Keep these 10 HR fundamentals in order to maintain a healthy business that’s ready for whatever change comes your way.
Unwritten rules, multi-tasking employees, a sense of shared purpose – these things can be essential to getting a business off the ground. But they can also cause major problems as you start to grow.
In this blog post, we’ll address three common DIY scenarios that can lead to HR-related problems, along with ways to solve them.
Startups and small business owners alike are used to going without a lot of resources they’d like to have – and that’s often a savvy business move but there reaches a point where you shouldn’t put off focusing on your organization’s HR needs.
There’s no one answer that applies to everyone. But from our experience working with hundreds of small businesses, we’ve found that the following situations usually signal that a business could run more efficiently by hiring an HR professional or outsourcing HR functions to a PEO.
Most startups and small businesses can’t afford the costs that associated with employee turnover. Tips to improve recruiting, interviewing and on-boarding so you’re more likely to end up with a great team.
We’ve written in the past about what to do if you make a hiring mistake. Now we’ll offer some insight on how to avoid that problem in the first place.
First, some context: a bad hire isn’t just a people problem – it’s hurts your bottom line. Replacing an employee can cost more than 200 percent of their salary – not the kind of money most startups can spare.
Preventing bad hires and avoiding the associated costs requires a two-pronged approach: first, focus on recruiting the right people. Second, make sure you set them up for success in their first days, weeks, and months on your team. Let’s dig into both.
If your business has 15 or more employees, you’re obligated to follow ADA guidelines for providing reasonable accommodation to employees with disabilities. Here’s how to do that.
Managing an underperforming employee is one of the trickiest jobs business leaders have, especially if you’re a startup or small business without a head of HR to turn to for guidance.
The job gets even more complicated if an employee has a disability, which is what we’ll dedicate this blog post to. “Disabilities” don’t just include things like using a wheelchair or having a vision impairment: the Americans with Disabilities Act (ADA) defines “disability” broadly, including conditions like…
Employee turnover is expensive at any business. For startups, the costs can be especially high: when your team is small, even one person leaving can upset the balance. If that person hasn’t documented everything they do, the impact is even bigger. And when you’re forced to spend your time interviewing, debating over candidates, and eventually onboarding, you put time-sensitive goals at risk.
The good news is that you can reduce turnover by making sure you’re not guilty of any of these four known retention-killers.
Realizing you made a hiring mistake can feel like a gut punch. You know you'll have to restart the time-consuming search and recruitment process, get your new, new hire up to speed and hope you don’t lose too much ground in the process. The truth is, even the best hiring managers make bad hires from time to time. So if you find yourself here, the good news is there are steps you can take to part ways peacefully and minimize the impact a bad hire has on your time and bottom line.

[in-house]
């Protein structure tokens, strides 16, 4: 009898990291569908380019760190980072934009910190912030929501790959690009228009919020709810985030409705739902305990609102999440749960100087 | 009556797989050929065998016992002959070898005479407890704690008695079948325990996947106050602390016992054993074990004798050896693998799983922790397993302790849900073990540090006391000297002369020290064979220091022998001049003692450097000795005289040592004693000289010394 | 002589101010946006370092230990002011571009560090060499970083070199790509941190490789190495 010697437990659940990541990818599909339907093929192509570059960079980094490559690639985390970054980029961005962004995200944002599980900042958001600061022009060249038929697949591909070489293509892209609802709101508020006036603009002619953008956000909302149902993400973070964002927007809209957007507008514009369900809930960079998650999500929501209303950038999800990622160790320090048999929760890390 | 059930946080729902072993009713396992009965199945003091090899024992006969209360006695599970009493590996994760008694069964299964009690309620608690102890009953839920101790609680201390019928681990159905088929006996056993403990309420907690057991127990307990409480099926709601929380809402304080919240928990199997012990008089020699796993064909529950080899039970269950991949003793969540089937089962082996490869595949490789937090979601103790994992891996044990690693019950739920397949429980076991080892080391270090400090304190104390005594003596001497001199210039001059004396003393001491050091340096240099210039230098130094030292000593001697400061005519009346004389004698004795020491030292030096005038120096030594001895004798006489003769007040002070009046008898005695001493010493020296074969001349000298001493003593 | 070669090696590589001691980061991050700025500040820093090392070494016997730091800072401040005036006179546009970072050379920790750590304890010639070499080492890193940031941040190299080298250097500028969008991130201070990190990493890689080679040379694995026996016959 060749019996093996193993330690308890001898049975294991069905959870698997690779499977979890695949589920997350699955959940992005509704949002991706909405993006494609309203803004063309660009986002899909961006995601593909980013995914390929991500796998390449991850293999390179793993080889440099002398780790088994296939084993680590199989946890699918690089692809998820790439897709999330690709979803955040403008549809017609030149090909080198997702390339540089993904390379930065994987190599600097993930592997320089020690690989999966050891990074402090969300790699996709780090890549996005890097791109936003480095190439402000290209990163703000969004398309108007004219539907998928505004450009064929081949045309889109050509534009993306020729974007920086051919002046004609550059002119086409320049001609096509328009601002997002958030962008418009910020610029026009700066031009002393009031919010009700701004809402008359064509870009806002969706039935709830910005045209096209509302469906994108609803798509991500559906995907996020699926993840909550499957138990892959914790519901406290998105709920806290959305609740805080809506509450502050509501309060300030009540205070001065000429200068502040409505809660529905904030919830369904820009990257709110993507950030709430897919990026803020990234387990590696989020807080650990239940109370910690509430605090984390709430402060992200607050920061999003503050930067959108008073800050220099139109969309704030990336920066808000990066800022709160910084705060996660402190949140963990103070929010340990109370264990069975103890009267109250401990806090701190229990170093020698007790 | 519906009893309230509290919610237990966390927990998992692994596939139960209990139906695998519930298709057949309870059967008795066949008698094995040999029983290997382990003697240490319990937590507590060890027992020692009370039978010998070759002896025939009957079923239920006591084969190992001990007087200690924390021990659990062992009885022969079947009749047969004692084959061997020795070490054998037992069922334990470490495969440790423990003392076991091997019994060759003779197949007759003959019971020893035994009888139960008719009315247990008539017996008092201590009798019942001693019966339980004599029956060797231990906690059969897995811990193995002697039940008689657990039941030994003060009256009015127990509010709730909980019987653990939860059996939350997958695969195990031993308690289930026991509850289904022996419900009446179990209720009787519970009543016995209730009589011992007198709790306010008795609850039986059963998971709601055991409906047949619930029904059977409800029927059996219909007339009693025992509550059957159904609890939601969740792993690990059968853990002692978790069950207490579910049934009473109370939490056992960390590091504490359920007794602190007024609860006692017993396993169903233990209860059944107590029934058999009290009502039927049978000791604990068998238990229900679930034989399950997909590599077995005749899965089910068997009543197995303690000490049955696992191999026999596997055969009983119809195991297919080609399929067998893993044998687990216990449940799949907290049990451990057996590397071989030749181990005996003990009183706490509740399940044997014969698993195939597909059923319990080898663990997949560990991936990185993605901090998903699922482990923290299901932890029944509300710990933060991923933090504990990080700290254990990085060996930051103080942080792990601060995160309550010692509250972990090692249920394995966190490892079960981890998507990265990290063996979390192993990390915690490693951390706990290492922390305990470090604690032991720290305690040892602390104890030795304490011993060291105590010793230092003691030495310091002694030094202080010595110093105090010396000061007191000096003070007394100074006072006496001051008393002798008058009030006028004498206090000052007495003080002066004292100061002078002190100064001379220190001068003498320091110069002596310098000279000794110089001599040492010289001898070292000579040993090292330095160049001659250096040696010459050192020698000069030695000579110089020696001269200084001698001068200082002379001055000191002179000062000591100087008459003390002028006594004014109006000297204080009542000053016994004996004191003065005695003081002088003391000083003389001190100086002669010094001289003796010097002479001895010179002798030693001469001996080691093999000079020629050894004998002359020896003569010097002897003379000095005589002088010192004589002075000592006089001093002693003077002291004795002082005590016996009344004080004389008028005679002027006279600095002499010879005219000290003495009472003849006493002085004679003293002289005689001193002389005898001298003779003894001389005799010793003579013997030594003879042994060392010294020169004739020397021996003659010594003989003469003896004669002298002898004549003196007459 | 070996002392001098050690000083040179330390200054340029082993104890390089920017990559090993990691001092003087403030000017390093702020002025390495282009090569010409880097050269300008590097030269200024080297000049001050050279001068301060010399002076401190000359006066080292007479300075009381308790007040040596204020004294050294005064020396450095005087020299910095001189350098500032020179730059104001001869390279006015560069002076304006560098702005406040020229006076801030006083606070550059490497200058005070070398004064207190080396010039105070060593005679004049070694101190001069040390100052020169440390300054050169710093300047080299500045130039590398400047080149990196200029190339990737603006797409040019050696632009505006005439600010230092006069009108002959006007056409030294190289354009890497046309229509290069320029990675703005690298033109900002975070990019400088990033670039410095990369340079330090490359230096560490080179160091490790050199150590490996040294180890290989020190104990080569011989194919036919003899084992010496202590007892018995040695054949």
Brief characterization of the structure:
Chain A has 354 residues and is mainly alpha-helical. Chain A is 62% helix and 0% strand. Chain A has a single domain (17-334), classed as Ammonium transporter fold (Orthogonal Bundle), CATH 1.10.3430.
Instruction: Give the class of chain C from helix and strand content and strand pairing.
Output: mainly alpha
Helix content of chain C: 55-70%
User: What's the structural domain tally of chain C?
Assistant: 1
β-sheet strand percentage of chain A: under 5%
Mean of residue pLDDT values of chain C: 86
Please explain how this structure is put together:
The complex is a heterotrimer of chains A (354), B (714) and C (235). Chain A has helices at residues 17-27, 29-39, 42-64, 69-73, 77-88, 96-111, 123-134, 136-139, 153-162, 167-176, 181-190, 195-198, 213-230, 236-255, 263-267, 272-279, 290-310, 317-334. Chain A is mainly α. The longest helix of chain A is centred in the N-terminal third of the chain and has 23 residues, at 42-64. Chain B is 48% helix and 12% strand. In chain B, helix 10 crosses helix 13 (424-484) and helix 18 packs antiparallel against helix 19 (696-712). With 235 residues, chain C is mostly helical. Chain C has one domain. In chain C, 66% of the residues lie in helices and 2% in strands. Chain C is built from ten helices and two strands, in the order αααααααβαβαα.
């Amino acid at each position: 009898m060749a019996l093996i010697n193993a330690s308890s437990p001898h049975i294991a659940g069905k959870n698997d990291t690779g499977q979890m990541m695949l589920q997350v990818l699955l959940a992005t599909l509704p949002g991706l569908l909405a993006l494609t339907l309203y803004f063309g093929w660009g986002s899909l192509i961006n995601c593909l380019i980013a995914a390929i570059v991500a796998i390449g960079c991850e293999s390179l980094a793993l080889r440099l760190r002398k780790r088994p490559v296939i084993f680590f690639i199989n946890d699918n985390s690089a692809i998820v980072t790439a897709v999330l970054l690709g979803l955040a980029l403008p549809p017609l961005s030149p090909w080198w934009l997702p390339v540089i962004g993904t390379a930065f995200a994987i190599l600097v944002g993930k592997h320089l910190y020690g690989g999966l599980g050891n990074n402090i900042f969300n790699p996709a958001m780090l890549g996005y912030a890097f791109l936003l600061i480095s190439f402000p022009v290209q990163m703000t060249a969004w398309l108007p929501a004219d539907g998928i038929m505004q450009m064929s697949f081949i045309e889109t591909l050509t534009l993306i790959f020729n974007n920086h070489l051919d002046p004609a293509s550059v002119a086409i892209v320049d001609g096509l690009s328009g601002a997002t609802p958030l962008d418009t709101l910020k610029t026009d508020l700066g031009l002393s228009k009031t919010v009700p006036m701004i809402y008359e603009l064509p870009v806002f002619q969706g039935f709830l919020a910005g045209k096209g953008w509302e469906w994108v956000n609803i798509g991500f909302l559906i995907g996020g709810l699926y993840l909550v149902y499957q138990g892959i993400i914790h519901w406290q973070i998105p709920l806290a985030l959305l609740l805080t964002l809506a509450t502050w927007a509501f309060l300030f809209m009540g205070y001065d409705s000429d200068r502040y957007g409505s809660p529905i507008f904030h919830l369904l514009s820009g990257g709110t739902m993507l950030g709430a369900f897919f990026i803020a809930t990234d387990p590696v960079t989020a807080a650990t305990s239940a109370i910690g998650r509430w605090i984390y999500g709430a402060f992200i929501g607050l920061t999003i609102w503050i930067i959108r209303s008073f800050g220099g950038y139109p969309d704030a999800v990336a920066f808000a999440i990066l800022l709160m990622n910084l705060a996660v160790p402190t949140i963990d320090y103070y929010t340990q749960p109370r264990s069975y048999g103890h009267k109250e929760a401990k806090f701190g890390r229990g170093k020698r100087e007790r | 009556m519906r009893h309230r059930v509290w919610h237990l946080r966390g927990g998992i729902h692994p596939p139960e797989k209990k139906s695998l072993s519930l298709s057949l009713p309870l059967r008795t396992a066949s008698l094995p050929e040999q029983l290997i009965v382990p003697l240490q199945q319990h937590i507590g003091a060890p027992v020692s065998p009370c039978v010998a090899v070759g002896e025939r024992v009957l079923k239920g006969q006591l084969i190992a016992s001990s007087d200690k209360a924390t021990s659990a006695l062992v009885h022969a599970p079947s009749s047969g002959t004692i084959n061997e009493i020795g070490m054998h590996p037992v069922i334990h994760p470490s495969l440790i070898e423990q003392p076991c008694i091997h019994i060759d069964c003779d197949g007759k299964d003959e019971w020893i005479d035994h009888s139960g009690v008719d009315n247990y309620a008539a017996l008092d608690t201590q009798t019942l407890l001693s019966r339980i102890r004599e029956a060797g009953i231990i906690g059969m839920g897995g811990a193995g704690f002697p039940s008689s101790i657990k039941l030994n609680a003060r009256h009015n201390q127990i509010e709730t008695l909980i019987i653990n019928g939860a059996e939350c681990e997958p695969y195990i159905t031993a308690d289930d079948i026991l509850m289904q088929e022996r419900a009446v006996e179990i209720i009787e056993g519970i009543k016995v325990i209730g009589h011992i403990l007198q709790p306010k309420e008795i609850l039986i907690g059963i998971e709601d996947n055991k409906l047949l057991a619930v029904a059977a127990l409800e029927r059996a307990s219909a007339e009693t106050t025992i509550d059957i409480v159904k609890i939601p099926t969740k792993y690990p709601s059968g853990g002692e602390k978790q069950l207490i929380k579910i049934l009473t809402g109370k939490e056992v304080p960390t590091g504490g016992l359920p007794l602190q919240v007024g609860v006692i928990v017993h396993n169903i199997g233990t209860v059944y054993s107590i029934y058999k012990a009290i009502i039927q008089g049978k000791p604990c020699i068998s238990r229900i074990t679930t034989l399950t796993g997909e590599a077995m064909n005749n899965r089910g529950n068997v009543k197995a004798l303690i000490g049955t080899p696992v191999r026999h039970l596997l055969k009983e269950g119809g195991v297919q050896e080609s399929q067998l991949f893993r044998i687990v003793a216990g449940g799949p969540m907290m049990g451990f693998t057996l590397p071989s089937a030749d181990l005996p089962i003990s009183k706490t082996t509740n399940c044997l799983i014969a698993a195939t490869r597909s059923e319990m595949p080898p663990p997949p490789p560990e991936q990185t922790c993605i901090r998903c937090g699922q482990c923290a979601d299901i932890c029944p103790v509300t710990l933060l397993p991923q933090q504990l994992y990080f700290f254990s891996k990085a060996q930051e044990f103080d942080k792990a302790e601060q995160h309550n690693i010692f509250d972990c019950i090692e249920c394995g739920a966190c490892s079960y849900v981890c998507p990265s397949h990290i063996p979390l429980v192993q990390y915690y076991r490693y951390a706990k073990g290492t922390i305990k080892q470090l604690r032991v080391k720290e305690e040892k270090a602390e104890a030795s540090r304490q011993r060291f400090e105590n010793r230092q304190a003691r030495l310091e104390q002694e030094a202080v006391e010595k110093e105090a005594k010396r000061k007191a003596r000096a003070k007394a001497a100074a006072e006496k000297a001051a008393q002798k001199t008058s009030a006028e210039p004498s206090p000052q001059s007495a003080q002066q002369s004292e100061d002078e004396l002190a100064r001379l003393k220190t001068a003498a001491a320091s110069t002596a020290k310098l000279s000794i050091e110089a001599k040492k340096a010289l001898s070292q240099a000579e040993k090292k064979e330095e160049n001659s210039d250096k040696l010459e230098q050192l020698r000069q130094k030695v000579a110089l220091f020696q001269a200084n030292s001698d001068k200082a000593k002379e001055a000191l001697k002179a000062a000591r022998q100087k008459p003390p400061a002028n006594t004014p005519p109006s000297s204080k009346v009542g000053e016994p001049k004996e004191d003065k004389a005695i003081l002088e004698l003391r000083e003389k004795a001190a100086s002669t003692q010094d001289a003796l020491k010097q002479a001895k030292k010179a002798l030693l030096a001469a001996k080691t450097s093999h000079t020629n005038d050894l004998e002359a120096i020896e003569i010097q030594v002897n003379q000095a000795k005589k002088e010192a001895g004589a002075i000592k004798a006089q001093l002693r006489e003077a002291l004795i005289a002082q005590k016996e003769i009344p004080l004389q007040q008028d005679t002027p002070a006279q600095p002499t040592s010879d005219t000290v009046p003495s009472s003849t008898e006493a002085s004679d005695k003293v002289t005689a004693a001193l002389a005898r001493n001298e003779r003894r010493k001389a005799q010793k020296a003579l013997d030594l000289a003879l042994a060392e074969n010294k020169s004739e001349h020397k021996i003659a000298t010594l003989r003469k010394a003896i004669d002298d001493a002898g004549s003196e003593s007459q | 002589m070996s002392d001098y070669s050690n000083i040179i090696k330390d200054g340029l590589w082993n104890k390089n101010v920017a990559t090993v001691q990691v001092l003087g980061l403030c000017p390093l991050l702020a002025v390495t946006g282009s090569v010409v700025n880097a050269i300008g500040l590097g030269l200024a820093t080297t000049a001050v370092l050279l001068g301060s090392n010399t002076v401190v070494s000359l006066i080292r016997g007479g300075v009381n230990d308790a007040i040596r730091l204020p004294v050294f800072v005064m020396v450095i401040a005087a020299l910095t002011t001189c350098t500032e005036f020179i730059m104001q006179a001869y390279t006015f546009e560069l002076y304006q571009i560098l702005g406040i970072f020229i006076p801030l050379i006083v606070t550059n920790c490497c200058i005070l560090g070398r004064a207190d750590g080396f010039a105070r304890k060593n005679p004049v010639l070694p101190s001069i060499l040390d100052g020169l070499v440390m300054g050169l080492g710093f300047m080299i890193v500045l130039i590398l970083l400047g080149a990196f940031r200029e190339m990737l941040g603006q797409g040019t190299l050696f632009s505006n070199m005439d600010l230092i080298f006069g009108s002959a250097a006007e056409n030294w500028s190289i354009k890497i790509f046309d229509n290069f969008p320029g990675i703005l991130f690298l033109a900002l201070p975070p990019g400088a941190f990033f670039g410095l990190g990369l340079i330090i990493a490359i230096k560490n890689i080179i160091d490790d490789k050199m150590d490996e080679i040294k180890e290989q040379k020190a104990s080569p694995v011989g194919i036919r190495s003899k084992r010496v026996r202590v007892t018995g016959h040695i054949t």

Running a small business is a balancing act: as a leader you need to stay focused on strategic initiatives but also deal with the important day-to-day challenges that arise. You need to delegate and oversee team performance but still execute your own to-do list. You need to do the best you can with limited resources while simultaneously building better systems and infrastructure for the future. You're required to wear different hats and juggle several priorities at once which inevitably leads to multitasking.
Sometimes you feel like you’re doing a great job and other times you feel like you’re not getting anything done at all. Sound familiar?
Good fences make good neighbors, and good policies make good shared workspaces. We make the case for company handbooks at incubators and coworking hubs.
When we talk to business owners about coworking spaces and tech incubators, they tend to focus on the positives: amenities, learning from and networking with other business owners, and the opportunities to develop their business with help from experts.
One thing that doesn’t seem to come up much: house rules – the kinds of policies that would normally be outlined in a company handbook.
That’s a problem. In fact, it’s a problem not only for for the organizations running these spaces but also for the businesses considering working from the shared space. Without policies in place, there’s no clear protocol for how to behave if something goes wrong.
Here’s a look at why shared working spaces need HR policies and how you can put these policies into action if you’re in charge of running such a space.
Starting a business is full discoveries and learning experiences. Once you hire your first employee, you discover there are a variety of rules and regulations you do have to follow, including the benefits you’re required to provide your employees.
To be clear: by “benefits,” we don’t just mean value-add perks that help you recruit and retain top-level employees (like a keg of cold-brew in the break room). We’re talking about benefits mandated by state and local governments, like paying into unemployment insurance.
So which benefits are optional and which are you legally required to provide?
Which are mandated by the state and which by the federal government?
Read on for a guide to make sure you’re offering the right benefits to your employees and staying in compliance with the laws where you live.